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Minneapolis police asked to limit presence at pride parade

Prime Minister Justin Trudeau waves to spectators at the annual Pride Parade in Toronto on Sunday

Protesters demonstrating against the police and the verdict in the Philando Castile shooting trial blocked the Twin Cities Pride Parade Sunday morning, delaying its start by more than an hour.

The protest also happened just days after the Minnesota police officer who was charged with manslaughter for shooting a black man multiple times during a traffic stop past year was found not guilty by a jury.

Minneapolis Police Chief Janee Harteau, who broke barriers as the first lesbian to lead the department, called the decision "divisive" in a letter to parade organizers Thursday: "I am beyond disappointed that you didn't feel you could talk with me before making such a divisive decision that has really hurt so many in our community including the LGBT members of this Department (and their family members)". Law enforcement officers are now welcome to "participate in the parade by holding the Unity flag or marching alongside the Rainbow, Bisexual, or Transgender flags".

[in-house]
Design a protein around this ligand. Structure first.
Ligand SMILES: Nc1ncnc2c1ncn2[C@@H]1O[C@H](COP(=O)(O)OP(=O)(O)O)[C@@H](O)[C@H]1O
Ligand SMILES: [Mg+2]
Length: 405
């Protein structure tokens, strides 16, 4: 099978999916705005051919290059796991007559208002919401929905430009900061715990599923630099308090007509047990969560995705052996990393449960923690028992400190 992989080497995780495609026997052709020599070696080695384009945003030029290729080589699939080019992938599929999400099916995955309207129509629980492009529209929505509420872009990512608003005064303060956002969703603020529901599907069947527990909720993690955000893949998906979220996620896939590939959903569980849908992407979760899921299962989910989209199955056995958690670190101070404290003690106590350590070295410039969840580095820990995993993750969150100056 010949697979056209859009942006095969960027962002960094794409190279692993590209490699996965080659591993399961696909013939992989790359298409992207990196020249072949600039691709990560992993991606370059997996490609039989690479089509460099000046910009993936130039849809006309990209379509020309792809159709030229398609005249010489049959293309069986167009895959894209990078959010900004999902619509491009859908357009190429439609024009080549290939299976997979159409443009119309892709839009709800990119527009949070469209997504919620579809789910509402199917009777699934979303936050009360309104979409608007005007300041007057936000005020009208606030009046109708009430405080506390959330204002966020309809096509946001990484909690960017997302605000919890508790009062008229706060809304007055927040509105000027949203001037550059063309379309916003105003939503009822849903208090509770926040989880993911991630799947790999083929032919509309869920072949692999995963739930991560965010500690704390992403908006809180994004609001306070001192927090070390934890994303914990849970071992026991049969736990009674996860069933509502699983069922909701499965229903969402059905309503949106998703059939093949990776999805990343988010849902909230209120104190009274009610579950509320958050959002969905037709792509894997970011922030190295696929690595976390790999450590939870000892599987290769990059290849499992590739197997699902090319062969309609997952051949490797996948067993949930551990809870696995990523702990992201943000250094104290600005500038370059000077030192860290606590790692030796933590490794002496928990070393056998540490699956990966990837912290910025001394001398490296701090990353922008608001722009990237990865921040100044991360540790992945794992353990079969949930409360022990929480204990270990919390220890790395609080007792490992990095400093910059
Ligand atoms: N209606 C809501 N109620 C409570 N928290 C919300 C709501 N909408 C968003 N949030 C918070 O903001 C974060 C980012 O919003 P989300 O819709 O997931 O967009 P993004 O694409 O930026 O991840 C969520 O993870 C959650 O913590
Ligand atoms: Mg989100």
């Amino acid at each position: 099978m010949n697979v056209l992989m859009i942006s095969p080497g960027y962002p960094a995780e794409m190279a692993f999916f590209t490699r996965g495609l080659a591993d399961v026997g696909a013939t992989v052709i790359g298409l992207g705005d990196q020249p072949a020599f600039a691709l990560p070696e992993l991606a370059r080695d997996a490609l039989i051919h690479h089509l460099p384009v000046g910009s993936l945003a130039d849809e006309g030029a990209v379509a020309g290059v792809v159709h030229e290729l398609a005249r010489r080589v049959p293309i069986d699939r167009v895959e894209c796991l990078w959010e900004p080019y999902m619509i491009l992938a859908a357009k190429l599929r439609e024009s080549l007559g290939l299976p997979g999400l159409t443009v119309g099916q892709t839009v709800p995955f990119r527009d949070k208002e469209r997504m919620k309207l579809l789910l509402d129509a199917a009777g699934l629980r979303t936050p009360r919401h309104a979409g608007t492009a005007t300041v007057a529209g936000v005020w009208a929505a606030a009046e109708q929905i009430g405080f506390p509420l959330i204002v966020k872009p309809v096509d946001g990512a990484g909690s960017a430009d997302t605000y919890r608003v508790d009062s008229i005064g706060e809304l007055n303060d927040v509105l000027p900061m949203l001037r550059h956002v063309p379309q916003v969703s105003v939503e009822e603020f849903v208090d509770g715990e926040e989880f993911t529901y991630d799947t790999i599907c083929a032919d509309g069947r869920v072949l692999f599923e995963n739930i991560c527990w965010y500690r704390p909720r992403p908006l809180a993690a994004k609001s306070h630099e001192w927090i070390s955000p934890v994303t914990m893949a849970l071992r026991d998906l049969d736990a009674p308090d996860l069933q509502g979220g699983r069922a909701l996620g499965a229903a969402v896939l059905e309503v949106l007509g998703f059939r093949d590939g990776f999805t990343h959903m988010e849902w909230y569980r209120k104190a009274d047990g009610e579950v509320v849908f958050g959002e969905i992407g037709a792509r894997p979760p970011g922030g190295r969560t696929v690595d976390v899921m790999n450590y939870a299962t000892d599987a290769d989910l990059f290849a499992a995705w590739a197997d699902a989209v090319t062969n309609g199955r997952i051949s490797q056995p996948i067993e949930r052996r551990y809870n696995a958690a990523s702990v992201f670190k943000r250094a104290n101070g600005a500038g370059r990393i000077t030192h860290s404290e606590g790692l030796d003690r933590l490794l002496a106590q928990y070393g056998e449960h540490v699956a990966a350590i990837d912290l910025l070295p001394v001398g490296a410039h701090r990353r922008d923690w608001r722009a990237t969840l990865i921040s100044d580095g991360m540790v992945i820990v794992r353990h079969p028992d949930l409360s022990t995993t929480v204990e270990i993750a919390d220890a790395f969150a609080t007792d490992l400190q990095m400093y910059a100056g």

"We recognize this decision has made members of the law enforcement community feel excluded, which is contrary to our mission to foster inclusion", said the statement from Dot Belstler, executive director of Twin Cities Pride, and its board of directors.

Twin Cities Pride executive director Dot Belstler wrote in a Facebook post that a lone police vehicle would be clearing the parade route prior to the parade as is required by Minneapolis statute.

Earlier this week, parade organizers announced they would keep police participation to the minimum required by city ordinances to preserve safety.

Later, she replied to someone on Twitter who told her not to attend.

"For an organization that prides itself on being accepting and inclusive, the hypocrisy amazes me", he said.

They were also opposed to the decision to extend an invitation last-minute for police officers to take part in the parade.

Among the largest pride celebrations in the country, the Twin Cities festival now draws 350,000 people every year.

Minneapolis and St. Paul police will still have recruitment booths up at Pride events throughout the weekend. At the time they said they were trying to respect the pain felt by some following last week's acquittal of St. Anthony police officer Jeronimo Yanez, who killed the black school cafeteria worker during a traffic stop in Falcon Heights last July.

Chief Harteau did thank Pride organizers for their decision, but Union President Bob Kroll said it's too late.